In response to reported problems with the online buying and selling of concert and sporting event tickets, lawmakers are considering a bill that would grant more protection to consumers and eliminate e-tickets. Assemblyman Gordon Johnson (D-37), who co-sponsored the bill, told NJ Today Senior Correspondent Desiree Taylor that he felt the need to address the issue to protect consumers, some of whom have had heartbreaking experiences with the system. He also provided a budget update, saying residents should expect a blend of the tax cut plans from the Assembly and Senate President Steve Sweeney.
Johnson said e-ticketing has been reported to be “extremely burdensome” for some who buy tickets to attend concerts and sporting events. “We felt that we had to address this issue to protect our consumers because there were some stories out there that were really kind of heartbreaking so we really had to get involved in this,” he said.
In 2009, Bruce Springstein fans who wanted to attend a concert and thought they were purchasing tickets from Ticketmaster were referred to another website that was charging more. “These ticket brokers, they somehow have this software that just purchases these blocks of tickets and they resell them at a higher price,” Johnson said. “We need to prevent that from happening of course.”
He explained another problem with e-ticketing occurs when individuals buy tickets and can’t go to the venue. “They want you to be at the box office with your credit card that you used to buy the ticket and you cannot send another person in your place,” Johnson said. “I feel if I buy a ticket either way, it’s my property. I can give it to my mother, I can give it to my sister, I can give it to my son if I want and they can then occupy that seat for the event.”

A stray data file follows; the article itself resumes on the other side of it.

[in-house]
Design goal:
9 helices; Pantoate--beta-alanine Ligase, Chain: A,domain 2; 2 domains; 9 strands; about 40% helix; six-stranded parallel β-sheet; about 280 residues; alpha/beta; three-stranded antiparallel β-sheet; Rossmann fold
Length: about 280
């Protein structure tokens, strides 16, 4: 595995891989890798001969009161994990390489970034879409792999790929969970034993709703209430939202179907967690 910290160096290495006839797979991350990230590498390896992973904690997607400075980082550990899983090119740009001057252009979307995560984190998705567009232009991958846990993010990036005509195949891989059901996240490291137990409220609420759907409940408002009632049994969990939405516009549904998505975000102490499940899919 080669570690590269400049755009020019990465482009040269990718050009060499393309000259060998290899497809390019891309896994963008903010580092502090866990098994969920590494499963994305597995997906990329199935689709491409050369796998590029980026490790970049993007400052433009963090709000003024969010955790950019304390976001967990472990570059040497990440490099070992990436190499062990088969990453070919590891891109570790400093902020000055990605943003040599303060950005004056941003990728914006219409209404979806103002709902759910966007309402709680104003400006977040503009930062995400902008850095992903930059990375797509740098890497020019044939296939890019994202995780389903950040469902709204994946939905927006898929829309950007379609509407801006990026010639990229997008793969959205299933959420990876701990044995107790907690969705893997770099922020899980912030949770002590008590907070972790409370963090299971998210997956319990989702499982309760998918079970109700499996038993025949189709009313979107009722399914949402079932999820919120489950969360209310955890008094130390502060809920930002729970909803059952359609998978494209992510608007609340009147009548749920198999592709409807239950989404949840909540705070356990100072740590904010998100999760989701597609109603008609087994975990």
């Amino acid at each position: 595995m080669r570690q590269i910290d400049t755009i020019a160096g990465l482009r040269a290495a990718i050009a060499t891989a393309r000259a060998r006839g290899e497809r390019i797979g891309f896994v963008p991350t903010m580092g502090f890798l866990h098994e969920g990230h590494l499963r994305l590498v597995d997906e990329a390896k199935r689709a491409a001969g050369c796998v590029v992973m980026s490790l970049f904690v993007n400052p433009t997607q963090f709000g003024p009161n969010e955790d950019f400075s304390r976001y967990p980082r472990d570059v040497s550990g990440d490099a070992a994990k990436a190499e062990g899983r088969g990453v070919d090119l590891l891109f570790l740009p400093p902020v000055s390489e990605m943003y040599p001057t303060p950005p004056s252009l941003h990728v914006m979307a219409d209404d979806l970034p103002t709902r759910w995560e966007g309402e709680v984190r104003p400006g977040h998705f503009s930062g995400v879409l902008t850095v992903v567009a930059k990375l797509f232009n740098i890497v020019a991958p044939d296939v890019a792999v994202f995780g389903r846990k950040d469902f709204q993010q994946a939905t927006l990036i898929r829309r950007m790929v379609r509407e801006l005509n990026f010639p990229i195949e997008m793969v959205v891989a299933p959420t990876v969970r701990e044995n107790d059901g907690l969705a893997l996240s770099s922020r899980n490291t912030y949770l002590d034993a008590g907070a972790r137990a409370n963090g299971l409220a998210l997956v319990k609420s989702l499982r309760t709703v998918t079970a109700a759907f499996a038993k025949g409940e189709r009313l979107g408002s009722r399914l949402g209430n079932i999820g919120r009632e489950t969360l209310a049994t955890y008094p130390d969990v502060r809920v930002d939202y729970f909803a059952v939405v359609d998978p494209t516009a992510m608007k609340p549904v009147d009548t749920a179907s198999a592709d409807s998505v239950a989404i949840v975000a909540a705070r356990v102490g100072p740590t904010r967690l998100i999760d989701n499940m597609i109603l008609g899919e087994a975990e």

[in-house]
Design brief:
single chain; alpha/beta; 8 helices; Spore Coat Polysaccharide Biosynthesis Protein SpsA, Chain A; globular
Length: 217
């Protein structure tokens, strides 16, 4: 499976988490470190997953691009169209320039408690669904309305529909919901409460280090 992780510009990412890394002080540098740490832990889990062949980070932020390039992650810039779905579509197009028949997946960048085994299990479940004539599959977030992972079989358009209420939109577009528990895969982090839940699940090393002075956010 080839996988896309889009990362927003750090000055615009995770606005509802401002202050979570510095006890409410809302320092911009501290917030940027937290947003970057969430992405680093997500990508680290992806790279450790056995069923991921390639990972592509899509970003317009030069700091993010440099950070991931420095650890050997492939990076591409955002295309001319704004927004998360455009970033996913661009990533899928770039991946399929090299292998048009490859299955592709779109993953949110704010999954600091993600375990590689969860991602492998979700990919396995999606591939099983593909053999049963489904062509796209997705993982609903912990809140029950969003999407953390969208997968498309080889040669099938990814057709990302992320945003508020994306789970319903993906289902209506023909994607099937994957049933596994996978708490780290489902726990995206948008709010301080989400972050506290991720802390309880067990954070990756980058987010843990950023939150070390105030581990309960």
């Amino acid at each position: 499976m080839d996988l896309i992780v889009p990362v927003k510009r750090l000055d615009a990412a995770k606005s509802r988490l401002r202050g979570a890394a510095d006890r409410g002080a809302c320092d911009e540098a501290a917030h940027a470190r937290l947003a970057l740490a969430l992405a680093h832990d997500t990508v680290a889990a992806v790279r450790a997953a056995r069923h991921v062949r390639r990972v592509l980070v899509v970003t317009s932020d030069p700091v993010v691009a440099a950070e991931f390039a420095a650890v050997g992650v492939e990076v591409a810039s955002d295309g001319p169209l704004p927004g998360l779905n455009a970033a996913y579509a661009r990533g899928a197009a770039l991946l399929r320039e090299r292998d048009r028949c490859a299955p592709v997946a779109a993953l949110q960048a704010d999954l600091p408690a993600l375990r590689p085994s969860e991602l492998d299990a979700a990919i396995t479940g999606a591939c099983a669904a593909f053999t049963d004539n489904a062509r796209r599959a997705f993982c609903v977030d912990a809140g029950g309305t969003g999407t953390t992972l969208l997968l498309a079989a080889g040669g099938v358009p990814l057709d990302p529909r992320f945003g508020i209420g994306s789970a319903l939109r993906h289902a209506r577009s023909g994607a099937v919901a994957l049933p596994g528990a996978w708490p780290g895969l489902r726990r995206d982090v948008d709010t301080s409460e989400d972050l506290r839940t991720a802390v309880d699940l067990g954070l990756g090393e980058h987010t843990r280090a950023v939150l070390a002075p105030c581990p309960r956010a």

The Assembly heard testimony Monday about the legislation and Johnson said he believes the industry and legislators need to “sit down at a table and work out these issues that we have and come up with a little modified legislation that’ll be satisfactory to all or to most in the industry.”
The state budget is on the minds of many with the June 30 deadline looming. Johnson said there will be a budget committee hearing Thursday and that he believes a compromise is close between the Assembly, the Senate and the administration. “I think a blending of Steve Sweeney’s plan and a blending of the Assembly budget committee’s plan is what you’re going to see,” Johnson said.
Democrats are still willing to include a tax cut in the state budget, according to Johnson. “We feel that our tax cut plan is more beneficial to middle class and lower income people than the governor’s,” he said.
Johnson said he believes a millionaires tax and a measure setting aside money for women’s healthcare will be brought forward as separate bills and not included in the state budget. Gov. Chris Christie has vetoed a millionaires tax in the past and has said he will do so again.